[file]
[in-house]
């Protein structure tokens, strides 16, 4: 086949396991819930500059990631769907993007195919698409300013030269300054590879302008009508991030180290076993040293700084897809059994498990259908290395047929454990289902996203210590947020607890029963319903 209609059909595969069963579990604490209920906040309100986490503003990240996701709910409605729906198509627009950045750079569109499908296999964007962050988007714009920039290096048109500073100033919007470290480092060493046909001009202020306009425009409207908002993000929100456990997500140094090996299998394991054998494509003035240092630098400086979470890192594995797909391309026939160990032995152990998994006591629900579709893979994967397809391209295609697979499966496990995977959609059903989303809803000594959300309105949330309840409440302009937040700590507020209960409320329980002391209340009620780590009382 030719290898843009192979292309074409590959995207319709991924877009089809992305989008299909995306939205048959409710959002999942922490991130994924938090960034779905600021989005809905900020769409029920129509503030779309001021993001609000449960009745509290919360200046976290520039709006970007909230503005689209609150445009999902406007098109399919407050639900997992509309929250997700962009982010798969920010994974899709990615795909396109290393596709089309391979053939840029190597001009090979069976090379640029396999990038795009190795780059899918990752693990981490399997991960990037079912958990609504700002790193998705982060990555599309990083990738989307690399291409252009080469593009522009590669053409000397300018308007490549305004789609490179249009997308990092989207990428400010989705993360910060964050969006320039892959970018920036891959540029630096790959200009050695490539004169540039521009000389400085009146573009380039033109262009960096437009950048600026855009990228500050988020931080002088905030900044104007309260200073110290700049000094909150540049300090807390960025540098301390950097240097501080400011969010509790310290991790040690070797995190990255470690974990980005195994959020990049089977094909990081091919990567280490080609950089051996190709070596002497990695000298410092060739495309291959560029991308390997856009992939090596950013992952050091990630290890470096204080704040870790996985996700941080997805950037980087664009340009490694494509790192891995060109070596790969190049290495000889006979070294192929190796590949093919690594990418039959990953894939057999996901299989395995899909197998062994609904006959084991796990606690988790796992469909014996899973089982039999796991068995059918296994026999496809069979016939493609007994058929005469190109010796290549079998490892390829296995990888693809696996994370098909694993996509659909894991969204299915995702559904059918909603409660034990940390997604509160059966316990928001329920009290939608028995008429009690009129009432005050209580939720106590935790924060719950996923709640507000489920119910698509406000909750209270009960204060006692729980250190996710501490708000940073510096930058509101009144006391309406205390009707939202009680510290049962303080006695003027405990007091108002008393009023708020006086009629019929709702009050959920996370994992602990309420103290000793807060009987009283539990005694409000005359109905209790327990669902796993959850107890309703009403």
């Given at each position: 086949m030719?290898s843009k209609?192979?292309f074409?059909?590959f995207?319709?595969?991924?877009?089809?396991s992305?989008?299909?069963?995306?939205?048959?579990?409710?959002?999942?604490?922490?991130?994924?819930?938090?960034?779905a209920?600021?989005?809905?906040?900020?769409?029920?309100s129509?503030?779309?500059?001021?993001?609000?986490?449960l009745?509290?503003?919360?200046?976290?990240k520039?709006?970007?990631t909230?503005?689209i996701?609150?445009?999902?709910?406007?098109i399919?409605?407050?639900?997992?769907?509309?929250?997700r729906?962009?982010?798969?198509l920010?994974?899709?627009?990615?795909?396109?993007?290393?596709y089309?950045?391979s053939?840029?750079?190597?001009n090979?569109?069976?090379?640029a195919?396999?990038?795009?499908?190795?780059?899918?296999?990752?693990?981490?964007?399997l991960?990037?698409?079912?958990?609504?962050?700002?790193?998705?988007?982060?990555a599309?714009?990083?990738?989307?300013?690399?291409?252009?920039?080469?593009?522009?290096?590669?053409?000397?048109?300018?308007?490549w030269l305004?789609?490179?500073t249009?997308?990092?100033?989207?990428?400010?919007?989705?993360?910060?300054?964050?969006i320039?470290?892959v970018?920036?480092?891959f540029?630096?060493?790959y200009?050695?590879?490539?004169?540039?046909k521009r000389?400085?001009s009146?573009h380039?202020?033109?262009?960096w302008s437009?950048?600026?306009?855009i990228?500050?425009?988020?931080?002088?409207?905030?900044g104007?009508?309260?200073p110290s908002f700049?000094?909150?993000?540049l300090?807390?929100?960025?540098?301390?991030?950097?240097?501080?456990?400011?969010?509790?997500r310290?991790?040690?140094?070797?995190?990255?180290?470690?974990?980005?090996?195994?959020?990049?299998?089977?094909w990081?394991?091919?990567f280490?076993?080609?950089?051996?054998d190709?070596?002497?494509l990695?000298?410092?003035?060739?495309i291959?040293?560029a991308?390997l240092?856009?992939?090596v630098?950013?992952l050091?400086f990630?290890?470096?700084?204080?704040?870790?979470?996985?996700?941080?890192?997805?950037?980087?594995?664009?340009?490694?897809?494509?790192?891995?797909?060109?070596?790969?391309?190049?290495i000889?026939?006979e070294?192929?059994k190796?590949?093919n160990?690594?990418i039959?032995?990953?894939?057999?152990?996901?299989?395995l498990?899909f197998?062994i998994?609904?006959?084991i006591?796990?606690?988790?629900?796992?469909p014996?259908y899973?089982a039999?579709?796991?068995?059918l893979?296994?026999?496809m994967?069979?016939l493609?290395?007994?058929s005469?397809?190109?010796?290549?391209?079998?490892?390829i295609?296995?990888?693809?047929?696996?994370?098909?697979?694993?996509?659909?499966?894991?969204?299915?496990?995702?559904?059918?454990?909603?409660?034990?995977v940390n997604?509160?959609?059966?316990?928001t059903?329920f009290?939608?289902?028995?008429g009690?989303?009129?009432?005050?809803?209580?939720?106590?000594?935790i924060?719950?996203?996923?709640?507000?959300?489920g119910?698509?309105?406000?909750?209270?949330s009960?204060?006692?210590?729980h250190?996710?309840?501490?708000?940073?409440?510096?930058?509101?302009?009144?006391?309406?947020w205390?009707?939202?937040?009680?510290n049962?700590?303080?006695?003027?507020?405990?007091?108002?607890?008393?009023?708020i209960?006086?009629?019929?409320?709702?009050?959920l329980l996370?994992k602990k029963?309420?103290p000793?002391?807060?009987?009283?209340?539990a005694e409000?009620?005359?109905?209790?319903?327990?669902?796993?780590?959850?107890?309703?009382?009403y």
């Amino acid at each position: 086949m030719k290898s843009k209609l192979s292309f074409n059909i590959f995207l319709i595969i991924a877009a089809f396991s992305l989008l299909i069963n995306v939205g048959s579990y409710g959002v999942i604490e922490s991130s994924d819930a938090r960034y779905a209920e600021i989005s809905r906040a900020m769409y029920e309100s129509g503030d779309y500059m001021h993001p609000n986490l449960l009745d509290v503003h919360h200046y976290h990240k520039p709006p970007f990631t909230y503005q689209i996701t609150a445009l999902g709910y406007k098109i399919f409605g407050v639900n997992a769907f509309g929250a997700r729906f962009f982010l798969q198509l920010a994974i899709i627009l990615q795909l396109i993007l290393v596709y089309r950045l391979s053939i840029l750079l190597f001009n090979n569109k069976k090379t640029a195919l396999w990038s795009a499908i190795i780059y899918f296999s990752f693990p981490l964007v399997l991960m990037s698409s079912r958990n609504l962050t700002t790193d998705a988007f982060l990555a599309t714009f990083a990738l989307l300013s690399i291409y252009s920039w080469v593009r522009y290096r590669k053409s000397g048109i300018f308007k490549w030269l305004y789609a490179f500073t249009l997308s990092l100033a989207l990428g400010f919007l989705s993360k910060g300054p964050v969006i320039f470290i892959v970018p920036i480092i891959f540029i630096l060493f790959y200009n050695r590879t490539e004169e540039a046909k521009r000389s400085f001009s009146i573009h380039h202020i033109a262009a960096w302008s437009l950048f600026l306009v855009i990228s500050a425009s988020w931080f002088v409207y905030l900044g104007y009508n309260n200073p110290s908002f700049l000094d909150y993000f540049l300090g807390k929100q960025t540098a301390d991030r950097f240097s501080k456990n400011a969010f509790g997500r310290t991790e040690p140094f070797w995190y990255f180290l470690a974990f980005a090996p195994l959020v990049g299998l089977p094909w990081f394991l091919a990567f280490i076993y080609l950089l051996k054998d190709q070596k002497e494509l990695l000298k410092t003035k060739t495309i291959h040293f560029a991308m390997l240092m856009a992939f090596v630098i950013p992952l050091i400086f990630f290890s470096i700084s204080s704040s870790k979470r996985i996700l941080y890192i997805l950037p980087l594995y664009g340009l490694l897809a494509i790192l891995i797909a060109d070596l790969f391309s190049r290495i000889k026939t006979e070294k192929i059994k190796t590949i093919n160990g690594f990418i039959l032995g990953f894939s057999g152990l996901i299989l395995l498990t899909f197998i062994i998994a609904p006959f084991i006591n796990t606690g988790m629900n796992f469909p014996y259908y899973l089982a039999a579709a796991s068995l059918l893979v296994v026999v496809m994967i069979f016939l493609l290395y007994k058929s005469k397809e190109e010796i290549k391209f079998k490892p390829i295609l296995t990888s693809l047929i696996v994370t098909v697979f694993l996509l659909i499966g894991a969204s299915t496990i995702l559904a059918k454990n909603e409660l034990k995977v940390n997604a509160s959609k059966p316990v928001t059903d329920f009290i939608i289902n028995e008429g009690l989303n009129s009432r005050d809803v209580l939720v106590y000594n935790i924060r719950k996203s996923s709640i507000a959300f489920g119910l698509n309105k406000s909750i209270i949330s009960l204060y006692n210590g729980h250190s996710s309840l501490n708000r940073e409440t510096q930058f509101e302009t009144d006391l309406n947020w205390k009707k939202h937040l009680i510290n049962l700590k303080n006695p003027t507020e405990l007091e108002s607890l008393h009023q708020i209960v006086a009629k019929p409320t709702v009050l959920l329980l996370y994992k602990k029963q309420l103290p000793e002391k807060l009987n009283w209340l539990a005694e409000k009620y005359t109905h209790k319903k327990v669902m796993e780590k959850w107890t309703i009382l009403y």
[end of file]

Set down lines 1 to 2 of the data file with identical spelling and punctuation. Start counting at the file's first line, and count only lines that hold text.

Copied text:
[in-house]
């Protein structure tokens, strides 16, 4: 086949396991819930500059990631769907993007195919698409300013030269300054590879302008009508991030180290076993040293700084897809059994498990259908290395047929454990289902996203210590947020607890029963319903 209609059909595969069963579990604490209920906040309100986490503003990240996701709910409605729906198509627009950045750079569109499908296999964007962050988007714009920039290096048109500073100033919007470290480092060493046909001009202020306009425009409207908002993000929100456990997500140094090996299998394991054998494509003035240092630098400086979470890192594995797909391309026939160990032995152990998994006591629900579709893979994967397809391209295609697979499966496990995977959609059903989303809803000594959300309105949330309840409440302009937040700590507020209960409320329980002391209340009620780590009382 030719290898843009192979292309074409590959995207319709991924877009089809992305989008299909995306939205048959409710959002999942922490991130994924938090960034779905600021989005809905900020769409029920129509503030779309001021993001609000449960009745509290919360200046976290520039709006970007909230503005689209609150445009999902406007098109399919407050639900997992509309929250997700962009982010798969920010994974899709990615795909396109290393596709089309391979053939840029190597001009090979069976090379640029396999990038795009190795780059899918990752693990981490399997991960990037079912958990609504700002790193998705982060990555599309990083990738989307690399291409252009080469593009522009590669053409000397300018308007490549305004789609490179249009997308990092989207990428400010989705993360910060964050969006320039892959970018920036891959540029630096790959200009050695490539004169540039521009000389400085009146573009380039033109262009960096437009950048600026855009990228500050988020931080002088905030900044104007309260200073110290700049000094909150540049300090807390960025540098301390950097240097501080400011969010509790310290991790040690070797995190990255470690974990980005195994959020990049089977094909990081091919990567280490080609950089051996190709070596002497990695000298410092060739495309291959560029991308390997856009992939090596950013992952050091990630290890470096204080704040870790996985996700941080997805950037980087664009340009490694494509790192891995060109070596790969190049290495000889006979070294192929190796590949093919690594990418039959990953894939057999996901299989395995899909197998062994609904006959084991796990606690988790796992469909014996899973089982039999796991068995059918296994026999496809069979016939493609007994058929005469190109010796290549079998490892390829296995990888693809696996994370098909694993996509659909894991969204299915995702559904059918909603409660034990940390997604509160059966316990928001329920009290939608028995008429009690009129009432005050209580939720106590935790924060719950996923709640507000489920119910698509406000909750209270009960204060006692729980250190996710501490708000940073510096930058509101009144006391309406205390009707939202009680510290049962303080006695003027405990007091108002008393009023708020006086009629019929709702009050959920996370994992602990309420103290000793807060009987009283539990005694409000005359109905209790327990669902796993959850107890309703009403």